Saturday, May 7, 2011

Making a Box Collage

I have been working on a new collage idea, brought to me by my colleagues at Pro4Um. One of them created this neat box, and others since have adopted it and used it in their senior and family portraiture as a unique offering.

I had the good fortune of several great models, and have built several collages from this pattern. Here's a brief tutorial on how I did it. This assumes you are familiar with either Photoshop or Paintshop Pro.

The box was constructed of 2x12 lumber on edge, with a flat black front (facing) edge and high-gloss white inside. I built it in early April. It took about 4 hours to make, and cost around $100 with lumber and paint.

Step 1, I photographed the subjects using high-key lighting. A key light to the upper right of the camera, a lower fill to left of camera, and two background lights behind the subject. With the camera on a tripod to keep the angle consistent, and steady indoor settings (for this, 1/250 sec, f/5.6 or so, and ISO 100), I captured several images of my subject from the same vantage point.  See the first image.

From the first image, I use the transform function to select the corners of the box to make the box into a perfect rectangle.  That will correct for any difference in angle or presentation of the box. I also do a quick Levels process to blow the top of the box to pure white, and crop to rough size. You can see Step 2 as the finish of this.
 Once complete, I'll save several of these images in my "edits" folder, and choose from them for my collage layout. In this case, I'm using five images for a tie-dye "hippie" collage. I chose four others and did the same edits to each.

In Step 3, I crop even tighter, and use the "magic wand" to select the gray supports to my box and delete them. My background color is white, so the deletion function fills them with white, which suits me just fine. You can see the edges are pure white, and I've touched up the box corners with the clone tool. I'll also push the exposure a bit with levels and saturation to get a nice "pop". In some cases, I'll also select the box border and change the color of it, but in this case, I kept it black.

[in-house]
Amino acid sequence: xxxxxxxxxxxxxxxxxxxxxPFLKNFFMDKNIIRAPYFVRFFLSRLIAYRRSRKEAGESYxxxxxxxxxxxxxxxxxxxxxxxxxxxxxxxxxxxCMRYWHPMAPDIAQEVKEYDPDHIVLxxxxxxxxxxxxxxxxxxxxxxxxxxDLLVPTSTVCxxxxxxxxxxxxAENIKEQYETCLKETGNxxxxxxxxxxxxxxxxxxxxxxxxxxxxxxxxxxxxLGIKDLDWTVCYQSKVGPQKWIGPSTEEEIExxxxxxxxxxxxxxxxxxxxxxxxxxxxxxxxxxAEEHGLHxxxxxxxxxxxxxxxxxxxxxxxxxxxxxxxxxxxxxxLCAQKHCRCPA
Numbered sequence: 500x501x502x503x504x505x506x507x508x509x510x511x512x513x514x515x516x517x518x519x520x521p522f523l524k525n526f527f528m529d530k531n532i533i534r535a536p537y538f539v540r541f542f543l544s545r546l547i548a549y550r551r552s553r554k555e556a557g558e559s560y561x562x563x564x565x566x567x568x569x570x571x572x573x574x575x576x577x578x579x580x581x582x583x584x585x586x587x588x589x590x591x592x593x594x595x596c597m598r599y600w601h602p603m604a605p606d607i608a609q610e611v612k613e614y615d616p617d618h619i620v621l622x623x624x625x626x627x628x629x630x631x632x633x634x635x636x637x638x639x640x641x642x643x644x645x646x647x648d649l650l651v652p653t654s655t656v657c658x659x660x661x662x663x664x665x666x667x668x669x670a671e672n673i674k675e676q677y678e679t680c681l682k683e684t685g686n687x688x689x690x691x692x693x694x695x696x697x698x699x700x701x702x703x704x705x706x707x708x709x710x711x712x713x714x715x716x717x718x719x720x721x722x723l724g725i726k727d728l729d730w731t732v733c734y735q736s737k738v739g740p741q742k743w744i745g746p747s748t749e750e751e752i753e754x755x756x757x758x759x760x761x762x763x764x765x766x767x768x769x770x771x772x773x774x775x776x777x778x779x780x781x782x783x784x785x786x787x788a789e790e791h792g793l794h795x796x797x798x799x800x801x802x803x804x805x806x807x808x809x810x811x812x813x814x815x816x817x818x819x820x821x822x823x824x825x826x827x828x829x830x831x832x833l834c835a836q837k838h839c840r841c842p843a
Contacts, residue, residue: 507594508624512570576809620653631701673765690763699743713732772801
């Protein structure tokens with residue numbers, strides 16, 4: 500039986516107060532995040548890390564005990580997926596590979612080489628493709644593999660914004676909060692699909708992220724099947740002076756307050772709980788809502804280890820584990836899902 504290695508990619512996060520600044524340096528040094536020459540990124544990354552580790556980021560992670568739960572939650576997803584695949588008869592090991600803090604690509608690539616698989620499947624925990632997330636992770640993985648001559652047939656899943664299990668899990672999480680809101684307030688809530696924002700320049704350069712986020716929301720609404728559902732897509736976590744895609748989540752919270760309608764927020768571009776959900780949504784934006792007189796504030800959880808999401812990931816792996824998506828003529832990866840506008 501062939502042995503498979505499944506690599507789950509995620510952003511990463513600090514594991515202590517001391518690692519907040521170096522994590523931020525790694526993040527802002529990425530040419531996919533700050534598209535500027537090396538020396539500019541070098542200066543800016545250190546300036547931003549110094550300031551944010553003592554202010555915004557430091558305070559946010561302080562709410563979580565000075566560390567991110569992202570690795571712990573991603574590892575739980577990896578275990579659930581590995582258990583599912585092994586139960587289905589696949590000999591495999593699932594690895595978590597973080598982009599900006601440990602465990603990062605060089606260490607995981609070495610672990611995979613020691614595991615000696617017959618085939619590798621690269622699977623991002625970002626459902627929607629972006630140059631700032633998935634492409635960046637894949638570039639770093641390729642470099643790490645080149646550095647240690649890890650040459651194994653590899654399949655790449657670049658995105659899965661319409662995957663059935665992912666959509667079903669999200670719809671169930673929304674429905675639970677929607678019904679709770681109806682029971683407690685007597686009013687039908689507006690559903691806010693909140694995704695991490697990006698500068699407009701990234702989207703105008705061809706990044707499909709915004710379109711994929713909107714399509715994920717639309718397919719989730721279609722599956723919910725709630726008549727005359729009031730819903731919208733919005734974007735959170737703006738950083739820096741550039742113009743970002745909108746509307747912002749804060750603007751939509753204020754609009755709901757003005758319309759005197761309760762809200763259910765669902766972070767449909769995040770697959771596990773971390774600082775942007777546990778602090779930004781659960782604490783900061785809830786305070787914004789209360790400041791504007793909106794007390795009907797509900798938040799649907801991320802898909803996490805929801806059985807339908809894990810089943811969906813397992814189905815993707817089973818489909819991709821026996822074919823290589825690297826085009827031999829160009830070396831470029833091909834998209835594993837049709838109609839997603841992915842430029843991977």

The image is nice and clean now. I create a "new" image on a canvas of pure white, in this case 14" wide by 11" tall by 300 ppi. I resize each of the five images to about 9.8" tall by 300ppi. Then I copy the image and paste as a new layer in the white canvas image. I move each one until there are five in close arrangement to the final. I save that as a "native" Paint Shop or Photoshop image with the layers intact, in case I want to play later.
The sizes are close, but not perfect. I use the guides/ruler tool to create top and bottom guides, and resize each layer until the top and bottoms are the same level. Once at the same level, I'll save the native image, and then save a copy as a flattened JPG image (no layers).

Once flattened, I copy the image, paste as a new later, flip it with the "mirror" function, move it to be underneath the base of the boxes, and reduce the opacity of the flipped layer. I'm getting more sophisticated with using a gradient fill on the bottom layer as a mask to let the reflection fade to light as it moves down to the bottom. Layer masks are great tools. If you are not ready for that, just reduce the opacity of the reflected layer to about 70%.

Once complete, I'll save that as a full size image, and resize for web display with some fancy titling. Here's my finished web display:
I sampled the shirt colors to use in the font fill, and used a stock picture frame for a sample display. I also resized for my main website: It shows up in my main image rotation.

Overall, this edit takes me about 1-2 hours per collage, depending on size (number of images) and finish (frame colors, etc.) . With practice, I should be able to shorten that time. It's one more option I have for seniors and families that set me apart from shoot and burn photographers!

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